The trick is to get the optical hardware down onto the silicon. Thanks to recent advances in integrated photonics, the technology is getting close. For example, the Corona design specifies crystalline and silicon dioxide for the wave guides, which are two commonly used materials in CMOS manufacturing. Slightly more exotic is the use of Germanium for the receptors (to absorb the light so that it can be converted back into electrical signals), a less often used, but still CMOS-compatible material. Finally, for the light source, the Corona designers opted for mode-locked lasers, since they believe a single device can provide up to 64 wavelengths of light for the DWDM interconnect.
Using the SPLASH-2, the second version of the Stanford Parallel Applications for Shared Memory benchmark suite, the HP researchers demonstrated a performance improvement of 2 to 6 times on Corona compared to a similar system outfitted with an electrical interconnect, and those speed increases were achieved using much less power. They also showed significant performance improvements on five of the six HPC Challenge benchmarks: PTRANS (22X), STREAM (19X), GUPS (19X), MPI (19X), FFT (2X). DGEMM, which is not bandwidth limited, showed no improvement.
It's not all a slam dunk, however. 3D chipmaking and TSV technology is still a work in progress. And integrating photonic hardware using CMOS is in its infancy. But integrated photonics, 3D chip stacking, and the use of low-power cores for computation are all hot technologies now, especially for those in the supercomputing community looking down the road to exascale. The UHPC project (now apparently stuck in Phase 1) that was aimed at developing low-power extreme-scale computing, attracted proposals from Intel, MIT, NVIDIA, and Sandia that incorporated one or more of these technologies.
With Corona though, you get the whole package, so to speak. But all of the work to date appears to be with simulated hardware, and there was no mention in any of the research work of plans to create a working prototype. So whether this is destined to remain a research project at HP or something that gets transformed into a commercial offering remains to be seen.
May 23, 2013 |
The study of climate change is one of those scientific problems where it is almost essential to model the entire Earth to attain accurate results and make worthwhile predictions. In an attempt to make climate science more accessible to smaller research facilities, NASA introduced what they call ‘Climate in a Box,’ a system they note acts as a desktop supercomputer.
May 22, 2013 |
At some point in the not-too-distant future, building powerful, miniature computing systems will be considered a hobby for high schoolers, just as robotics or even Lego-building are today. That could be made possible through recent advancements made with the Raspberry Pi computers.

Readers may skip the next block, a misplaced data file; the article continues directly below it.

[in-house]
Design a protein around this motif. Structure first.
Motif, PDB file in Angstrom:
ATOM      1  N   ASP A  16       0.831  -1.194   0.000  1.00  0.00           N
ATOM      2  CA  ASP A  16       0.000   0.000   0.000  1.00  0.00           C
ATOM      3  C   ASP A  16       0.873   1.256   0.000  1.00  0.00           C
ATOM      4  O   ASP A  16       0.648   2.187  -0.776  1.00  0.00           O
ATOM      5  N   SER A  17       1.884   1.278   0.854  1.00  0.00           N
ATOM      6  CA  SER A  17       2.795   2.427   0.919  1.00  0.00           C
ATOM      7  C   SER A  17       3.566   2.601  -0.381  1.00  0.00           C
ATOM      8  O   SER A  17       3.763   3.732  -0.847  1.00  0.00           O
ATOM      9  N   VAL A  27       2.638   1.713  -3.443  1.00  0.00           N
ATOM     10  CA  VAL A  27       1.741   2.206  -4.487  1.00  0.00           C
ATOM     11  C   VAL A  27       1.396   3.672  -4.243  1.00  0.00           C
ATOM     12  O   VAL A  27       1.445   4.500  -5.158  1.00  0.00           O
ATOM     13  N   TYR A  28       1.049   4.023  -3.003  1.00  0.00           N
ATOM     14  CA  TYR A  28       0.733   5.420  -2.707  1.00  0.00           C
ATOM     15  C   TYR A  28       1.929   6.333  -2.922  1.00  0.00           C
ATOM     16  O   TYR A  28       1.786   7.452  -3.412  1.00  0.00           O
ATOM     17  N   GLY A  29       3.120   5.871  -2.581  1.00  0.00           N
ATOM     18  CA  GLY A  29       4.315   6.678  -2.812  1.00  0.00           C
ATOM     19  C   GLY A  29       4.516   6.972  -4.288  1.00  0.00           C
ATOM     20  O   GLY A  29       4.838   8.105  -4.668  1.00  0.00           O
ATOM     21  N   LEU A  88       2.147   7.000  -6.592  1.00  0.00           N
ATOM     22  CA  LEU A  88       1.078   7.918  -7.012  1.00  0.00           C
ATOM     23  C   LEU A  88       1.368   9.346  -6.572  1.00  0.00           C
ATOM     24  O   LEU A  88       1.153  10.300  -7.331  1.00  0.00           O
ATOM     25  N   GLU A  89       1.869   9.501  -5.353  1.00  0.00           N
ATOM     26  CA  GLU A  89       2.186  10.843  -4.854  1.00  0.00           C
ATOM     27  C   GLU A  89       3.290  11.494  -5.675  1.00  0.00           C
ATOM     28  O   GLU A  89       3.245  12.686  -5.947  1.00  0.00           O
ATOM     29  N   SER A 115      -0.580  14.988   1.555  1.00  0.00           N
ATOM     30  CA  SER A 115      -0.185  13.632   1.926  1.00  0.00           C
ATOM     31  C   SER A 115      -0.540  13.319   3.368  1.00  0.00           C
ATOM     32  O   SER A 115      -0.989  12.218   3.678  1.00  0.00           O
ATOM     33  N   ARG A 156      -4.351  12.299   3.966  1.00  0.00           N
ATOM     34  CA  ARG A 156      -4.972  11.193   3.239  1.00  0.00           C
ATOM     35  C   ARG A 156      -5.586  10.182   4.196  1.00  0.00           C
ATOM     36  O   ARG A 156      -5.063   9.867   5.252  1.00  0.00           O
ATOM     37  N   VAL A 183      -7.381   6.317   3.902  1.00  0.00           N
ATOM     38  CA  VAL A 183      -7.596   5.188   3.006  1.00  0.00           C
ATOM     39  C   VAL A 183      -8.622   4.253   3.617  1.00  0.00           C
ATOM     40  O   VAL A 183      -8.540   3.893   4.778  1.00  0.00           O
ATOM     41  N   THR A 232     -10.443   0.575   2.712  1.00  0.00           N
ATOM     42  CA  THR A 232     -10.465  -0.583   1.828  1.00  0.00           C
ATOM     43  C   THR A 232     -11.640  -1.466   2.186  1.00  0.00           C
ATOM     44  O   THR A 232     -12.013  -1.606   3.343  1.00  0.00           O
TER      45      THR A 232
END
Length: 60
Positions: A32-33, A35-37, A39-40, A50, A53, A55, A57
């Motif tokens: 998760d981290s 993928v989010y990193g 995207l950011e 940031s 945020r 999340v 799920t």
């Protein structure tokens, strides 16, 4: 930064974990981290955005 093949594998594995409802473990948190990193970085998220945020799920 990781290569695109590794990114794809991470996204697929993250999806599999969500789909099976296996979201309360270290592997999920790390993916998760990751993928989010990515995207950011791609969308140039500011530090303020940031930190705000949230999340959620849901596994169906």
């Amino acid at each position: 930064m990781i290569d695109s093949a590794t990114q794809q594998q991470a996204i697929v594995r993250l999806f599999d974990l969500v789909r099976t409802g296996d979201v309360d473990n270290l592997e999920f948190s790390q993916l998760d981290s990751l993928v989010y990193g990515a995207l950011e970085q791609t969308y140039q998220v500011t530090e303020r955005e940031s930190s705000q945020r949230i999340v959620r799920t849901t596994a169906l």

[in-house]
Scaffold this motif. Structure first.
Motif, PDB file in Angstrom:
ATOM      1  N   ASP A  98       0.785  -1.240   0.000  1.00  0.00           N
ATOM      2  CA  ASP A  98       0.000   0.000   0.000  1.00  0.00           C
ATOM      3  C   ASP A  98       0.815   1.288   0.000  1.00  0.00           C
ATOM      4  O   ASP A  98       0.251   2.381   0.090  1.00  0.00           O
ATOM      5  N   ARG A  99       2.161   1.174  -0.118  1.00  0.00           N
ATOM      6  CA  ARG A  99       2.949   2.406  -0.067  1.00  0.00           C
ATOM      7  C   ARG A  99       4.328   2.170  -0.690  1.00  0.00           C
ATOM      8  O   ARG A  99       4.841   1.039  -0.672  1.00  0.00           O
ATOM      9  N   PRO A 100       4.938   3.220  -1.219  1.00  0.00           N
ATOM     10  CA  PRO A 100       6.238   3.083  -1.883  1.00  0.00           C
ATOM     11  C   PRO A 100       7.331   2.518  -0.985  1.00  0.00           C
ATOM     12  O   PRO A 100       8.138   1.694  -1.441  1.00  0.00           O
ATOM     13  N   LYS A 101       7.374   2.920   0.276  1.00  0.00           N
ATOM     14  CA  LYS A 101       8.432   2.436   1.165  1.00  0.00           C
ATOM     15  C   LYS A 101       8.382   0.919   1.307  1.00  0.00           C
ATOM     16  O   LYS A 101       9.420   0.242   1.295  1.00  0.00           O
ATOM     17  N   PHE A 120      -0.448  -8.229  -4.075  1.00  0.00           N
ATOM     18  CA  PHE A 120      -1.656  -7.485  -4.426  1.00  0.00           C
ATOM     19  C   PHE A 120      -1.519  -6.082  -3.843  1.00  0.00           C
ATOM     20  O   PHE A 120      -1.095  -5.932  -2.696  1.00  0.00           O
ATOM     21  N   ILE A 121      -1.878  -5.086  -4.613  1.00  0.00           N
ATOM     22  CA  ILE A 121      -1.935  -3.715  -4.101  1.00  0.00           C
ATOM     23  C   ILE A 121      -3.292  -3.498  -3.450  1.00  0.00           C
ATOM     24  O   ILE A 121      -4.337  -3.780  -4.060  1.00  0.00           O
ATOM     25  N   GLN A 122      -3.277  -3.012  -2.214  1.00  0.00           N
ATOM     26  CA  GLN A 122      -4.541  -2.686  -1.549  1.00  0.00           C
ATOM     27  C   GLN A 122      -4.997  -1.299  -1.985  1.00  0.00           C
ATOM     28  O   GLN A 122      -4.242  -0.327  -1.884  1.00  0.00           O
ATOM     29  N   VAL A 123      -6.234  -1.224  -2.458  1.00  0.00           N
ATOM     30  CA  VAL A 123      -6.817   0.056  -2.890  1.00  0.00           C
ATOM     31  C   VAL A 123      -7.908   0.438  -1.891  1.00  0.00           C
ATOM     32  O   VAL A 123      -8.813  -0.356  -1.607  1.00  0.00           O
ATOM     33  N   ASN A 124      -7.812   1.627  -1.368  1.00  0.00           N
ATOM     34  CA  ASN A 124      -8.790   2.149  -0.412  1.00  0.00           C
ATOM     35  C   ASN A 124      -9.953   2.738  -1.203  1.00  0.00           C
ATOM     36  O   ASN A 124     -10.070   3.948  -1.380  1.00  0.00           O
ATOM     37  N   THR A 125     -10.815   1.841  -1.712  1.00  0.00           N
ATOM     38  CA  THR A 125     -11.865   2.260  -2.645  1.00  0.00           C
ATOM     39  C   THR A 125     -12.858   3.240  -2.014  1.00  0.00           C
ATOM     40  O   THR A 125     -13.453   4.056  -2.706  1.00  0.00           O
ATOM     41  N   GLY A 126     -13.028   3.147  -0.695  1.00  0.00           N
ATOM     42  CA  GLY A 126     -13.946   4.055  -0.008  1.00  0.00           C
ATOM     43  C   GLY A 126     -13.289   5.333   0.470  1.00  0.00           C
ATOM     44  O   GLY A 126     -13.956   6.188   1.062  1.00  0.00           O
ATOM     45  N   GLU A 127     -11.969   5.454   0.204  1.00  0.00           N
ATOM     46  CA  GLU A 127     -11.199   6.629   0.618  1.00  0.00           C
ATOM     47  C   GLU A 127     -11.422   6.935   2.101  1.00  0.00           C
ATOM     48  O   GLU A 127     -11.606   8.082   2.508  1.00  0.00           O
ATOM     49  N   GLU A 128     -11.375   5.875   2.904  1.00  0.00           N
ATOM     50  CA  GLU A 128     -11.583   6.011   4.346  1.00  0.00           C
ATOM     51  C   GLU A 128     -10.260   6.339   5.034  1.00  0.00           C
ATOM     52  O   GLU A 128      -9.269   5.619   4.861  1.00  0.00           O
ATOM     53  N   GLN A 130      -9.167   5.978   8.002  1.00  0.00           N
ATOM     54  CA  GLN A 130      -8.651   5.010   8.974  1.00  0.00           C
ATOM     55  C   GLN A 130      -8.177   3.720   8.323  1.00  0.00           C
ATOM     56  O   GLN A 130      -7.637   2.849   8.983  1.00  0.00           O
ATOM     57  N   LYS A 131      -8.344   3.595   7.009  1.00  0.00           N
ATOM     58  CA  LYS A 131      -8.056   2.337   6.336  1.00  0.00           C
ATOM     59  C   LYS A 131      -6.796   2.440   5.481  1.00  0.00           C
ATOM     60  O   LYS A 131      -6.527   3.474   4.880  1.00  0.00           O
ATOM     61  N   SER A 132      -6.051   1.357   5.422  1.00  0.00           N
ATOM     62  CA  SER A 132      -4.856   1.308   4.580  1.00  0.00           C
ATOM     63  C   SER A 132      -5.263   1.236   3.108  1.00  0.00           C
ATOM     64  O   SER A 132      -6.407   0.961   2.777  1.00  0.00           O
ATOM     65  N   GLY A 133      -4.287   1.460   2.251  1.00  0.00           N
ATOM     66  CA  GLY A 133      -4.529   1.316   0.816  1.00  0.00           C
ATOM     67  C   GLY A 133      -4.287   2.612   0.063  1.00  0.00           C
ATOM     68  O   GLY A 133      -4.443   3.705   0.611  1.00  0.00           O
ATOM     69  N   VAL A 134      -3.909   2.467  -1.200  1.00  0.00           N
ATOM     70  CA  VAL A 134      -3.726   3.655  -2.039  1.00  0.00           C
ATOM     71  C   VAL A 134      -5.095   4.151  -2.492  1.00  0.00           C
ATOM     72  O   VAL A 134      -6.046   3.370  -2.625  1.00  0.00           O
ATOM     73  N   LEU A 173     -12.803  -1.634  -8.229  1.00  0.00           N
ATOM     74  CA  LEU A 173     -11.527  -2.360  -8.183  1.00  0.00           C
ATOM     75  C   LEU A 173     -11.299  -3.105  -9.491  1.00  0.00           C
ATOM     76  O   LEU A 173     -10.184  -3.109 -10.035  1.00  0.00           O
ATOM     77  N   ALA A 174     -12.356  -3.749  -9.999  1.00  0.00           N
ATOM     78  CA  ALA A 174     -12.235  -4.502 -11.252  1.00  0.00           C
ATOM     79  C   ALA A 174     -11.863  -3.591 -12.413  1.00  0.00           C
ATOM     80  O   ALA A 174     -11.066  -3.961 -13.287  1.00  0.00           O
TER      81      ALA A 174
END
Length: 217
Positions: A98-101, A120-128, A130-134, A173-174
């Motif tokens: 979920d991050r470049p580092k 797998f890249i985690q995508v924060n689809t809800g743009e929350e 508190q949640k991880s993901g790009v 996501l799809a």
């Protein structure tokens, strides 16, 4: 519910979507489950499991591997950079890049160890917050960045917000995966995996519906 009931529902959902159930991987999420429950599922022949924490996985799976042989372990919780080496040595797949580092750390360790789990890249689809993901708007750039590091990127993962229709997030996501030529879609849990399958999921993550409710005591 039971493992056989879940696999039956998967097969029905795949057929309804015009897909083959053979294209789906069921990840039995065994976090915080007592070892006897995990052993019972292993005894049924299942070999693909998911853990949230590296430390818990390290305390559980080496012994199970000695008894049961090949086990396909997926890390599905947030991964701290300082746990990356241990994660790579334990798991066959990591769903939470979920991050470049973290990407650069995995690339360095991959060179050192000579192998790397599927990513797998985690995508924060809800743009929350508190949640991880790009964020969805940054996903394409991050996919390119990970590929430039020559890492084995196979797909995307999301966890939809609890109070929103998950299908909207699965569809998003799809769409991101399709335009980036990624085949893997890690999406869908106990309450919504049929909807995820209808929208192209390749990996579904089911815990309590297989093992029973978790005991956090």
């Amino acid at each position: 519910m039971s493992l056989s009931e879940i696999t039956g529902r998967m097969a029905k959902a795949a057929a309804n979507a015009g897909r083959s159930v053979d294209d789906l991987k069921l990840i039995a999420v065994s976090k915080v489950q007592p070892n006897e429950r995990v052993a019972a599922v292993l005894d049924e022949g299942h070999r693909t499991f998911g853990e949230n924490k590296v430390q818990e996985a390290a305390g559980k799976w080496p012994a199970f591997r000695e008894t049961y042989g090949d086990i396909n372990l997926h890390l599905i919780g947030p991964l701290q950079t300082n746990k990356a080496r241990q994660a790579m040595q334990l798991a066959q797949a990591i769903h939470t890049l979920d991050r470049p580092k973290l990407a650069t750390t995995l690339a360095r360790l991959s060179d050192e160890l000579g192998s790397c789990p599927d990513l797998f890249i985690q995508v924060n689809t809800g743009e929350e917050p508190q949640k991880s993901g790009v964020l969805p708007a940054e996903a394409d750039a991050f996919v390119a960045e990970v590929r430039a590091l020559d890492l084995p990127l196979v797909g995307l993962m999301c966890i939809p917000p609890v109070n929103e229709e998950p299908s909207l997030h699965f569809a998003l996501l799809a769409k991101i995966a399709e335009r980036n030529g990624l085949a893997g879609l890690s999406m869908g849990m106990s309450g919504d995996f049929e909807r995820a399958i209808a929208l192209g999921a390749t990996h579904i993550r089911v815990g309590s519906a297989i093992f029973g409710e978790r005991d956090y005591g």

May 16, 2013 |
When it comes to cloud, long distances mean unacceptably high latencies. Researchers from the University of Bonn in Germany examined those latency issues of doing CFD modeling in the cloud by utilizing a common CFD and its utilization in HPC instance types including both CPU and GPU cores of Amazon EC2.
May 15, 2013 |
Supercomputers at the Department of Energy’s National Energy Research Scientific Computing Center (NERSC) have worked on important computational problems such as collapse of the atomic state, the optimization of chemical catalysts, and now modeling popping bubbles.
05/10/2013 | Cleversafe, Cray, DDN, NetApp, & Panasas | From Wall Street to Hollywood, drug discovery to homeland security, companies and organizations of all sizes and stripes are coming face to face with the challenges – and opportunities – afforded by Big Data. Before anyone can utilize these extraordinary data repositories, however, they must first harness and manage their data stores, and do so utilizing technologies that underscore affordability, security, and scalability.
04/15/2013 | Bull | “50% of HPC users say their largest jobs scale to 120 cores or less.” How about yours? Are your codes ready to take advantage of today’s and tomorrow’s ultra-parallel HPC systems? Download this White Paper by Analysts Intersect360 Research to see what Bull and Intel’s Center for Excellence in Parallel Programming can do for your codes.
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The Cray CS300-AC cluster supercomputer offers energy efficient, air-cooled design based on modular, industry-standard platforms featuring the latest processor and network technologies and a wide range of datacenter cooling requirements.